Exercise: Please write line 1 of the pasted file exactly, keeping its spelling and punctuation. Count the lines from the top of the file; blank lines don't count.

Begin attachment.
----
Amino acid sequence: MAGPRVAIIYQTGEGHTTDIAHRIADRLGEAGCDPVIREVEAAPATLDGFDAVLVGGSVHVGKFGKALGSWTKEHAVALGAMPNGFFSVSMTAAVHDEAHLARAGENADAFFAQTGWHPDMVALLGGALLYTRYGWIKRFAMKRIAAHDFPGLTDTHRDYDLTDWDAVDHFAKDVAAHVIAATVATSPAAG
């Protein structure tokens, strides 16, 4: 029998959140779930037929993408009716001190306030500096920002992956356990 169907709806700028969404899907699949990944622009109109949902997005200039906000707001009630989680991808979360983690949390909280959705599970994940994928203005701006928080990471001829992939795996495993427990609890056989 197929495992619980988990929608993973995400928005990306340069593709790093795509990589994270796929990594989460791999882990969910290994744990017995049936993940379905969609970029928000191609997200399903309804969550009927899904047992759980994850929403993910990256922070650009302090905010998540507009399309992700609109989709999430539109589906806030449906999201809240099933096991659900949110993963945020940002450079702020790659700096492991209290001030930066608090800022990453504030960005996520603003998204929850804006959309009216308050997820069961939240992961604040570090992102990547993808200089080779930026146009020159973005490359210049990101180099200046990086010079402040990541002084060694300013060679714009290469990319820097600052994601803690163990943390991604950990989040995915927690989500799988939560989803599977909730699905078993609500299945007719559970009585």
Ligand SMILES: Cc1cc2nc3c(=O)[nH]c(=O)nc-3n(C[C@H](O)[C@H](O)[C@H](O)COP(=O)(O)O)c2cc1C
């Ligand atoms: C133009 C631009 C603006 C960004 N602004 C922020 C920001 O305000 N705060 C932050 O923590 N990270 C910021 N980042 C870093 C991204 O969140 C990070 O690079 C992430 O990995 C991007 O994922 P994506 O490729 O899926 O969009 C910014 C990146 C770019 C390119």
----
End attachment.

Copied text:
Amino acid sequence: MAGPRVAIIYQTGEGHTTDIAHRIADRLGEAGCDPVIREVEAAPATLDGFDAVLVGGSVHVGKFGKALGSWTKEHAVALGAMPNGFFSVSMTAAVHDEAHLARAGENADAFFAQTGWHPDMVALLGGALLYTRYGWIKRFAMKRIAAHDFPGLTDTHRDYDLTDWDAVDHFAKDVAAHVIAATVATSPAAG